Yes, they can withdraw money. What is needed legally is your permission (did you know that you can allow your electricity company to withdraw money from your account and pay the bills automatically?) Without your permission they commit a crime, but technically they can do it. To ensure safety, you need a good tinfoil (Zinnfolie). I recommend this one: http://www.amazon.de/Silberpapier-Aluminiumfolie-Backen-Zinn-Folie-Papier/dp/B00H7WBRTW/ref=sr_1_3?ie=UTF8&qid=1432236083&sr=8-3&keywords=zinnfolie
1. Yes, illegal. Also, it's illegal to have hidden video surveillance anywhere. If there is surveillance, it should be announced. 2. Yes. Of course. They can file a report at any time. However, in court there will be presumption of innocence. Thus, alarms will not be enough for the court to declare someone guilty. Also: searching bags is actually illegal in Germany, only police officers can do that. If shop security asks you to show your bag it's up to you to decide if you want to. If not, security can only prevent you from running away before police arrives. They can't force you to show your bag.
Hi and welcome to Germany, fisheth! Contracts here are binding and obligation to pay starts from the point of clicking "sign up". Exceptions apply only to registrations from abroad which the picture you attached explains. Also, don't ignore requests for payment, ever. Even if these requests are not justified you are obliged to answer. Since you failed to do that you automatically agreed that request for payment was justified. There is nothing you can do now, but pay.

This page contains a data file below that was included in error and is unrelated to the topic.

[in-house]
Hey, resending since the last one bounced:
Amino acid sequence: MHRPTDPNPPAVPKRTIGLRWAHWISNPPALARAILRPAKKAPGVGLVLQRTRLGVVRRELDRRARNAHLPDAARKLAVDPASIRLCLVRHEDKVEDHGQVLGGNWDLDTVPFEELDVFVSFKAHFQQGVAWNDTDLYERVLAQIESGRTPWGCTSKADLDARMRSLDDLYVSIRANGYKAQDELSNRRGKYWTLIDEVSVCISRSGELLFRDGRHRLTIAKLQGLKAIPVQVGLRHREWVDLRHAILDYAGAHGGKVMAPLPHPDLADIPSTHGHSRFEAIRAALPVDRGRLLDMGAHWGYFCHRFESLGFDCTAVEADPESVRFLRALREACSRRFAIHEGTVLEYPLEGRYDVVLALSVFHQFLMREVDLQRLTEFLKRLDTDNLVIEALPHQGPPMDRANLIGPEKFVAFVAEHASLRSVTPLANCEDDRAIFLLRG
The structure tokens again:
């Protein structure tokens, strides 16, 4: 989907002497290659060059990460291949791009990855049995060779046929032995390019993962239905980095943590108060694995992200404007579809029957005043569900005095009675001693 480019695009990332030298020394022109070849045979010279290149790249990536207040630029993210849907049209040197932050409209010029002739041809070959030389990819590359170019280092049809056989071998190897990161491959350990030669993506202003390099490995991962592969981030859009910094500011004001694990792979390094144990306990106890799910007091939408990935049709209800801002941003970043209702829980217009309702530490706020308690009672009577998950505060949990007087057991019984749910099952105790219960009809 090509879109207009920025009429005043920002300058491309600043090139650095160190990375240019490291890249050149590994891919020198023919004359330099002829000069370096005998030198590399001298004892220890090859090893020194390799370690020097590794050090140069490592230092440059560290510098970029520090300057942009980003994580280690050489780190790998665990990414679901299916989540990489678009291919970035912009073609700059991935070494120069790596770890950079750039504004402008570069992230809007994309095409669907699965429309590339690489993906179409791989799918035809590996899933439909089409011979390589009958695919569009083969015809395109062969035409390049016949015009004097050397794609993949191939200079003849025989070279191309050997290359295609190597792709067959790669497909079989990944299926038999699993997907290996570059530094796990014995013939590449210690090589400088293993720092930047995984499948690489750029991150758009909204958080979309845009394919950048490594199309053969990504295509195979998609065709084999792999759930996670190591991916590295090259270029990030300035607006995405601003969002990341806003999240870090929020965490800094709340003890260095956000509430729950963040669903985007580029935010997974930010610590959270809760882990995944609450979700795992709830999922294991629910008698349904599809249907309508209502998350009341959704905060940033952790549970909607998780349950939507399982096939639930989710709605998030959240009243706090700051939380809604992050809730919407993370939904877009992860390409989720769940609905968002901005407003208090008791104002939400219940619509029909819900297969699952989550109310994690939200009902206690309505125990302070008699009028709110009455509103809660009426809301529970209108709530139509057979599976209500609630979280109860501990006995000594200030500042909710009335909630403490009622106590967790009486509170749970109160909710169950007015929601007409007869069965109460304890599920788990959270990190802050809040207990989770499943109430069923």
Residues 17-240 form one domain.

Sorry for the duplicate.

You can't stop it. Everything will be automated in future, all unskilled work will be done by robots. This is inevitable. I already suggested the solution but received only laughs here on TT: compulsory higher education. You still need humans to run all the robots. Skilled humans. Getting a degree at the age of 60 is nothing to be ashamed.
Well, are you blaming technology for unemployment rise? People who work at checkout are usually responsible for running everything else, so as a results they will have... some time to use WC and have a proper lunch instead of fast food, you know.
German "efficiency" is not to come in large numbers at the same time. This makes express checkouts too expensive and useless most of the time (and German customers don't like to pay for that). There is express checkout in my local REWE but 90% of the time no one is there because normal lines are short anyway.
Self checkouts? Yeah, that I'd love to have. Even Czech Republic has them
No. There is no 29 days. Once you became a resident, there is no longer 90 days rule. However, what you can do is: 1. De-register. Note that this procedure makes your resident permit void immediately. 2. Go to non-Schengen country (e.g. the UK) 3. Return. You will have fresh new 90 days. Just to stress: being a resident in Germany and being a tourist in Schengen zone are two unrelated cases. Once you became a resident, German resident law applies, not Schengen law for visitors. For you as you know, you can look for job for 6 months and then either find a job and stay or leave. However, when you return you re-enter as a tourist into Schengen, your previous residence history in Germany doesn't apply. 90 days rule in Schengen is over any consecutive 180 days. Alternatively: talk to your Ausländerbehörde. I think they can issue something like "delay of deportation" and extend your stay for 14 days. That should be cheaper than a ticket to London.
Driving ban is valid only in Germany. I don't know if they take foreign DL but you can ask to take it to drive in the UK, for example. Trying to drive during driving ban is a crime and can have very severe consequences.
The former. Also, you get the points for incorrect answer, not for correct one. That's why they are called "mistake points". To pass the test you are allowed to get 10 mistake points, but no more than one question worth 5 points should be answered incorrectly.